As we grieve these outrageous deaths, we know that Christ was not indifferent to children. Matthew 18 and 19 reveal that Jesus, the very embodiment of God, loves and sees them.

These passages show that as we mature in Christ, we are expected not only to become more like children—as the disciples learned when they asked who would be the greatest in God’s kingdom—but also to protect and look after them.

While we struggle to seek solutions to an infuriatingly intractable problem, perhaps one area the church should take care to not neglect is the care and stewardship of the youngest and most vulnerable members of our society.

A little child shall lead them

Matthew 18:1–5

At that time the disciples came to Jesus and asked, “Who, then, is the greatest in the kingdom of heaven?”

He called a little child to him, and placed the child among them. And he said: “Truly I tell you, unless you change and become like little children, you will never enter the kingdom of heaven. Therefore, whoever takes the lowly position of this child is the greatest in the kingdom of heaven. And whoever welcomes one such child in my name welcomes me.

Our culture understands greatness not unlike the culture that Jesus was born into. Wealth. Power. Markers of status that people devote their entire lives to seeking. But Jesus has a different model for those who want to make it in his kingdom: children.

To make his point, Jesus beckons to a child and brings him or her into the circle of disciples. He wants them to consider the child’s smallness, fragility, dependence, humanity and to emulate it. In contrast to his own culture, Jesus’ words and actions tell us that children not only are people but are also the most important members of the eternal and holy kingdom of heaven.

But children are not a prop that Jesus wants to use as an object lesson. Our interactions with them are our interactions with God. Welcoming a child, Jesus says, is welcoming God. Shaping a culture that will hurt children, tear them to the ground, ignore their loneliness, and violate their vulnerability suggests something about how we worship the Lord.

Why is Abuse So Common in the Church?

This morning, I had a headline pop up on my phone:

“Bombshell 400-page report finds Southern Baptist leaders routinely silenced sexual abuse survivors”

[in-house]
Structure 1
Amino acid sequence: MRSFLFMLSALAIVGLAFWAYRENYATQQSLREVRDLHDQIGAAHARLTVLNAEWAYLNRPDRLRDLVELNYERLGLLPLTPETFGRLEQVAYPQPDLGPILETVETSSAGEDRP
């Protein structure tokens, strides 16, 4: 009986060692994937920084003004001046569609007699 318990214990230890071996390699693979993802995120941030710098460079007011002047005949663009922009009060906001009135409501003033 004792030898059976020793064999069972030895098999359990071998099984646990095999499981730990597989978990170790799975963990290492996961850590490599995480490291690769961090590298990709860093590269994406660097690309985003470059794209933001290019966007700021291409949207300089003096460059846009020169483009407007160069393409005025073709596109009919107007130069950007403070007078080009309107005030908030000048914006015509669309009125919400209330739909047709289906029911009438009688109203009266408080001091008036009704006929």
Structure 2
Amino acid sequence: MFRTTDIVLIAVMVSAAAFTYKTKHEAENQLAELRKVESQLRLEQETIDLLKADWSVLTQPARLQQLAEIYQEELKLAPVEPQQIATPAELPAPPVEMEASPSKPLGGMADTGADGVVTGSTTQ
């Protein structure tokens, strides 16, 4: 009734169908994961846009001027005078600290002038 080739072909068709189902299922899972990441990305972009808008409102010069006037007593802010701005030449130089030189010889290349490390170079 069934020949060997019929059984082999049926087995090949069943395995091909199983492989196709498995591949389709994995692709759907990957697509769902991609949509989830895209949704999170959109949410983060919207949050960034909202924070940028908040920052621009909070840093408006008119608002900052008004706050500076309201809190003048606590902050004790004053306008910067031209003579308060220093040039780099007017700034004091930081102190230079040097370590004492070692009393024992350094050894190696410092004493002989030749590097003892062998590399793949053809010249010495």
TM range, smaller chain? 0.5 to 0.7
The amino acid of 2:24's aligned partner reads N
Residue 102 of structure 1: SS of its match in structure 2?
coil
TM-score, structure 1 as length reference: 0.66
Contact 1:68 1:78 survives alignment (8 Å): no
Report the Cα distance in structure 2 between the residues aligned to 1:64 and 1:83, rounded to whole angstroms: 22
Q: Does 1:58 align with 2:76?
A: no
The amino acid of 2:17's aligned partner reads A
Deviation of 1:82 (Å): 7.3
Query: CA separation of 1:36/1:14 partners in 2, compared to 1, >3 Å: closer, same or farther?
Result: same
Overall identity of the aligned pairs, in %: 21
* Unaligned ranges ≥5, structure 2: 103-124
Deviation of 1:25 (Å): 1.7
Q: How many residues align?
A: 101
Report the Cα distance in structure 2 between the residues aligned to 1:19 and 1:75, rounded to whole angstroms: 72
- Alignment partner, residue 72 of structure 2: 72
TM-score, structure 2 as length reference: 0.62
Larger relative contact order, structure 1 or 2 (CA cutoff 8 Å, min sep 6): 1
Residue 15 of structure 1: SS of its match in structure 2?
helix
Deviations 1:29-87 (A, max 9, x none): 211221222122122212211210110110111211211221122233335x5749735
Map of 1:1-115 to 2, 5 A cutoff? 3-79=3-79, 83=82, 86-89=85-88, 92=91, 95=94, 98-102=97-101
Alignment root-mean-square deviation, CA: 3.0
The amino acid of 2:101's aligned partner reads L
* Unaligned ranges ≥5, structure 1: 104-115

I clicked on the link out of curiosity as to what this secular news agency had to say, knowing that there’s often a bias against Christianity. However, like most of you, I know there has been sexual abuse in the Southern Baptist Convention (SBC) and all religious denominations.

How do I know? Because I’ve experienced it. Within my own marriage. To a Southern Baptist pastor. My experience is slightly different, but it is still abuse. He used scripture to manipulate me. He had an adulterous relationship (think about it–adultery IS a form of abuse).

But, let’s take it a step further. While the “other woman” made a conscious decision to have an affair with my then-husband, she could also be considered a victim of his abusive behavior. He took advantage of his position as a pastor to draw her in. She was enamored with his biblical knowledge, with his godliness, something she perceived her husband didn’t possess. How do I know? Because I read the emails and transcripts of their late-night chats. So much of it was her perception of who he was from his pulpit–not who he was behind closed doors. 

Why is abuse so rampant in the SBC? Why is abuse so rampant in the Church? While I am certain it is multi-factorial, I can share a few things that I have come to realize over the years.

1. We deal with fallible humans and not an infallible God.

I know many of us long to be like Jesus, but we simply are not. Our example was perfect in every way. He knew how to model grace and truth. He could read hearts and direct people. He could see the deceit in the hearts of men (Jeremiah 17:9) and direct them where He willed (Proverbs 21:1).